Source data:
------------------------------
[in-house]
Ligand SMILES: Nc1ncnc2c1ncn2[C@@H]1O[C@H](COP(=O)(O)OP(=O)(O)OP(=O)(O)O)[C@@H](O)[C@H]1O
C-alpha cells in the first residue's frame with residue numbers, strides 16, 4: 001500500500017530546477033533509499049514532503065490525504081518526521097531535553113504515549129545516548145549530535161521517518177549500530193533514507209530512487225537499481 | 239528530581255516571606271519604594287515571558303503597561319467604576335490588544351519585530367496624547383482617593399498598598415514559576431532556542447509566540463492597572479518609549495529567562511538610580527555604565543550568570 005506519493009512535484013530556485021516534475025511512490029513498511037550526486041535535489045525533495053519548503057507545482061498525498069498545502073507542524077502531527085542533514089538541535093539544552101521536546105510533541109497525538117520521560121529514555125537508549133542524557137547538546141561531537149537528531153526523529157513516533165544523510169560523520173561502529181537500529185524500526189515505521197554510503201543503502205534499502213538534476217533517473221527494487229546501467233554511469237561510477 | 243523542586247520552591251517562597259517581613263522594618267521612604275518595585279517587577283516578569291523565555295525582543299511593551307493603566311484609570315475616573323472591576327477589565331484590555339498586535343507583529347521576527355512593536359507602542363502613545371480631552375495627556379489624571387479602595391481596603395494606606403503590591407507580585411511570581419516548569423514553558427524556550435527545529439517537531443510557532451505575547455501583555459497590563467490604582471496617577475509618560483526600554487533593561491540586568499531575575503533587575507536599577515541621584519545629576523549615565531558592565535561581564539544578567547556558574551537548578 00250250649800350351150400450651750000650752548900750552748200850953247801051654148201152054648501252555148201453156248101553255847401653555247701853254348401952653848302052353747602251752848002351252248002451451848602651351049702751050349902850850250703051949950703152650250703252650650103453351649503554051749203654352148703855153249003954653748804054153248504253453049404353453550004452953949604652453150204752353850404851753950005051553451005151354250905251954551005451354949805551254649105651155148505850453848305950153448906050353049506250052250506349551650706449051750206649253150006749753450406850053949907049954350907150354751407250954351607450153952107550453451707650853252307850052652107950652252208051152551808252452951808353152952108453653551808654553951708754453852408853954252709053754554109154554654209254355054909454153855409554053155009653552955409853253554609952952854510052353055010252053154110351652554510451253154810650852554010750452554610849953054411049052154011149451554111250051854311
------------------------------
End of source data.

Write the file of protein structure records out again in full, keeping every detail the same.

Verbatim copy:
[in-house]
Ligand SMILES: Nc1ncnc2c1ncn2[C@@H]1O[C@H](COP(=O)(O)OP(=O)(O)OP(=O)(O)O)[C@@H](O)[C@H]1O
C-alpha cells in the first residue's frame with residue numbers, strides 16, 4: 001500500500017530546477033533509499049514532503065490525504081518526521097531535553113504515549129545516548145549530535161521517518177549500530193533514507209530512487225537499481 | 239528530581255516571606271519604594287515571558303503597561319467604576335490588544351519585530367496624547383482617593399498598598415514559576431532556542447509566540463492597572479518609549495529567562511538610580527555604565543550568570 005506519493009512535484013530556485021516534475025511512490029513498511037550526486041535535489045525533495053519548503057507545482061498525498069498545502073507542524077502531527085542533514089538541535093539544552101521536546105510533541109497525538117520521560121529514555125537508549133542524557137547538546141561531537149537528531153526523529157513516533165544523510169560523520173561502529181537500529185524500526189515505521197554510503201543503502205534499502213538534476217533517473221527494487229546501467233554511469237561510477 | 243523542586247520552591251517562597259517581613263522594618267521612604275518595585279517587577283516578569291523565555295525582543299511593551307493603566311484609570315475616573323472591576327477589565331484590555339498586535343507583529347521576527355512593536359507602542363502613545371480631552375495627556379489624571387479602595391481596603395494606606403503590591407507580585411511570581419516548569423514553558427524556550435527545529439517537531443510557532451505575547455501583555459497590563467490604582471496617577475509618560483526600554487533593561491540586568499531575575503533587575507536599577515541621584519545629576523549615565531558592565535561581564539544578567547556558574551537548578 00250250649800350351150400450651750000650752548900750552748200850953247801051654148201152054648501252555148201453156248101553255847401653555247701853254348401952653848302052353747602251752848002351252248002451451848602651351049702751050349902850850250703051949950703152650250703252650650103453351649503554051749203654352148703855153249003954653748804054153248504253453049404353453550004452953949604652453150204752353850404851753950005051553451005151354250905251954551005451354949805551254649105651155148505850453848305950153448906050353049506250052250506349551650706449051750206649253150006749753450406850053949907049954350907150354751407250954351607450153952107550453451707650853252307850052652107950652252208051152551808252452951808353152952108453653551808654553951708754453852408853954252709053754554109154554654209254355054909454153855409554053155009653552955409853253554609952952854510052353055010252053154110351652554510451253154810650852554010750452554610849953054411049052154011149451554111250051854311